SCOTTSDALE, Ariz. – It’s the yes-no question the Giants desperately want to answer: Will Marco Scutaro be ready by Opening Day?
Ask the 38-year-old second baseman, though, and you won’t get him to pick a side. He is old and experienced enough to know that when you have a bad back, certainty is a fool’s word.
“I don’t want to say nothing right now just because backs are tricky,” said Scutaro, asked point-blank if he’d be ready for the opener. “I can tell you now I feel great and wake up tomorrow and not even walk.
“I’ll go day by day and see how things are going. The good thing is I’m seeing improvement.”
In other words ... well, you know the line from "Top Gun." Don't write checks that your body can't cash.
You can bet Scutaro will be sore when he wakes up Thursday. That’s because he ramped up his activity on Wednesday, taking batting practice on the field for the first time all spring and also working in with the rest of infielders as bench coach Ron Wotus wielded his fungo.
Scutaro appeared to swing easily during his abbreviated hitting session. He acknowledged he's further behind where he wanted to be this spring. He expected to feel instability and pain in his back and hip when he swung a bat, and although it wasn’t as bad as he expected, he was disappointed that the muscles fatigued as quickly as they did.
He said his offseason conditioning and core strengthening program didn’t do as much as he hoped to alleviate the back discomfort, but he saw progress when he began working with Giants trainers after arriving in Scottsdale.
The goal isn’t to get into a Cactus League game by a specific day, or even collect a specific number of at-bats here.
“I just want to feel like I can play a game today and show up tomorrow ready to go,” said Scutaro, adding that hitting is the hardest part because of the rotation it involves.
What if Scutaro can’t go by Opening Day? Well, Tony Abreu has played exclusively at second base this spring, Joaquin Arias can fill in and Ehire Adrianza is looking more and more like a lock to be on the club with every passing day. The educated guess right now would be a platoon between Arias and Abreu. The Giants might go with four outfielders – Tyler Colvin’s back has kept him out of action for a week anyway – and keep both Abreu and Adrianza, who are out of options.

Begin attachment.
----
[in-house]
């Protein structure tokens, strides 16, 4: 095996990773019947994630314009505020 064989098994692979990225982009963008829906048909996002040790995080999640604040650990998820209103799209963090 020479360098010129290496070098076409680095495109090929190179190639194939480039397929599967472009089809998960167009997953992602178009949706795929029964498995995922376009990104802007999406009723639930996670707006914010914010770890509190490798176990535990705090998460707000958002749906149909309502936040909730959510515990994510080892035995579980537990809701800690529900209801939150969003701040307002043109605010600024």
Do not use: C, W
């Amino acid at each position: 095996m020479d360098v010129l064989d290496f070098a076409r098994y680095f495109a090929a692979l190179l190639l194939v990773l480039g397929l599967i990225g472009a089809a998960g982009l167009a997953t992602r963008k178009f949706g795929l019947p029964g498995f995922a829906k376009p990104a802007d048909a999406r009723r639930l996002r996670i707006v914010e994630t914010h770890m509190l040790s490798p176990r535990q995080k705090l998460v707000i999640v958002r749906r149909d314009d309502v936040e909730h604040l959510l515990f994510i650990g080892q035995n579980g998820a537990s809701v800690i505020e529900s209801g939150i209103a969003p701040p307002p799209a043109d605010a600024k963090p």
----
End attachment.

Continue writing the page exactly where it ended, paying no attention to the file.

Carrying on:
Even if Scutaro can play the opener, he’s going to need plenty more days off. So the Giants need all the depth they can muster at second base.
Although it’s easy for Giants fans to link Scutaro and Freddy Sanchez, their situations aren’t analogous. Sanchez, for all the false optimism a couple springs ago, was an infielder who couldn’t throw. Simply put, infielders who cannot throw cannot play. Scutaro, if it comes down to it, can play through his current level of pain.
“I played through worse last year,” he said. “But my point is I want to feel able to compete every day. Play a game, go to my apartment, get some rest and actually get some rest. Not deal with pain every night.”
Surgery wasn’t an option. The Giants and Scutaro investigated that last season when he saw Dr. Robert Watkins in Los Angeles. His pain is related to his bone structure, the fact one leg is slightly shorter than the other and a hip bone that has become bent forward as a result. It’s not a disc that can be shrunk or repaired.
When Scutaro went to Dr. Watkins’ waiting room, he noticed all the framed photos of ballplayers on the wall.
“You have a nice collection,” Scutaro told him. “But I don’t want to be up there.”
Scutaro’s sly sense of humor hasn’t left him. The Giants hope some of his game is still there, too.